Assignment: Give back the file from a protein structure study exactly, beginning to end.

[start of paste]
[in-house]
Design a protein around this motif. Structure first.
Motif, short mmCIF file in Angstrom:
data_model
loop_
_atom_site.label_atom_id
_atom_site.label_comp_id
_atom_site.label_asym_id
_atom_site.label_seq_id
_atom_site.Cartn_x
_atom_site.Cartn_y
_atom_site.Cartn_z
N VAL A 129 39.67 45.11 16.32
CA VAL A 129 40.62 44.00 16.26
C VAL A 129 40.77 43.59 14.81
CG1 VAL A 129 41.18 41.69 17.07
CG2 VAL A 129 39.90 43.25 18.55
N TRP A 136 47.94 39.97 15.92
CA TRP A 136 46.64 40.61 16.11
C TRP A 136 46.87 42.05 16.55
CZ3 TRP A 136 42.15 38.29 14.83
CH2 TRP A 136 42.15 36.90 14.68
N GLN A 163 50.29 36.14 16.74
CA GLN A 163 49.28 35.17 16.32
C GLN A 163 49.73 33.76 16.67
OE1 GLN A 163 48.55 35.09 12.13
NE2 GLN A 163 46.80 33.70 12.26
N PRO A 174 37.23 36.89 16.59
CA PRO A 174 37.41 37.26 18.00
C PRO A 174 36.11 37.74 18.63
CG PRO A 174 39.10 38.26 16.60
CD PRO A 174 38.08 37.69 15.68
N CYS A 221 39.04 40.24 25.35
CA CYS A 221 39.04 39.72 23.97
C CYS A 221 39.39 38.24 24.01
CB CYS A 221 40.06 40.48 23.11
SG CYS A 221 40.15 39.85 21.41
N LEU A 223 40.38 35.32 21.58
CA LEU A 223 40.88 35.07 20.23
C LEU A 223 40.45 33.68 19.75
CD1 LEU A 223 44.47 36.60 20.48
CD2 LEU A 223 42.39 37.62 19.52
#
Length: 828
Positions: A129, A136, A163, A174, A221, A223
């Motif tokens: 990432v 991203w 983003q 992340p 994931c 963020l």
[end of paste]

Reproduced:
[in-house]
Design a protein around this motif. Structure first.
Motif, short mmCIF file in Angstrom:
data_model
loop_
_atom_site.label_atom_id
_atom_site.label_comp_id
_atom_site.label_asym_id
_atom_site.label_seq_id
_atom_site.Cartn_x
_atom_site.Cartn_y
_atom_site.Cartn_z
N VAL A 129 39.67 45.11 16.32
CA VAL A 129 40.62 44.00 16.26
C VAL A 129 40.77 43.59 14.81
CG1 VAL A 129 41.18 41.69 17.07
CG2 VAL A 129 39.90 43.25 18.55
N TRP A 136 47.94 39.97 15.92
CA TRP A 136 46.64 40.61 16.11
C TRP A 136 46.87 42.05 16.55
CZ3 TRP A 136 42.15 38.29 14.83
CH2 TRP A 136 42.15 36.90 14.68
N GLN A 163 50.29 36.14 16.74
CA GLN A 163 49.28 35.17 16.32
C GLN A 163 49.73 33.76 16.67
OE1 GLN A 163 48.55 35.09 12.13
NE2 GLN A 163 46.80 33.70 12.26
N PRO A 174 37.23 36.89 16.59
CA PRO A 174 37.41 37.26 18.00
C PRO A 174 36.11 37.74 18.63
CG PRO A 174 39.10 38.26 16.60
CD PRO A 174 38.08 37.69 15.68
N CYS A 221 39.04 40.24 25.35
CA CYS A 221 39.04 39.72 23.97
C CYS A 221 39.39 38.24 24.01
CB CYS A 221 40.06 40.48 23.11
SG CYS A 221 40.15 39.85 21.41
N LEU A 223 40.38 35.32 21.58
CA LEU A 223 40.88 35.07 20.23
C LEU A 223 40.45 33.68 19.75
CD1 LEU A 223 44.47 36.60 20.48
CD2 LEU A 223 42.39 37.62 19.52
#
Length: 828
Positions: A129, A136, A163, A174, A221, A223
């Motif tokens: 990432v 991203w 983003q 992340p 994931c 963020l």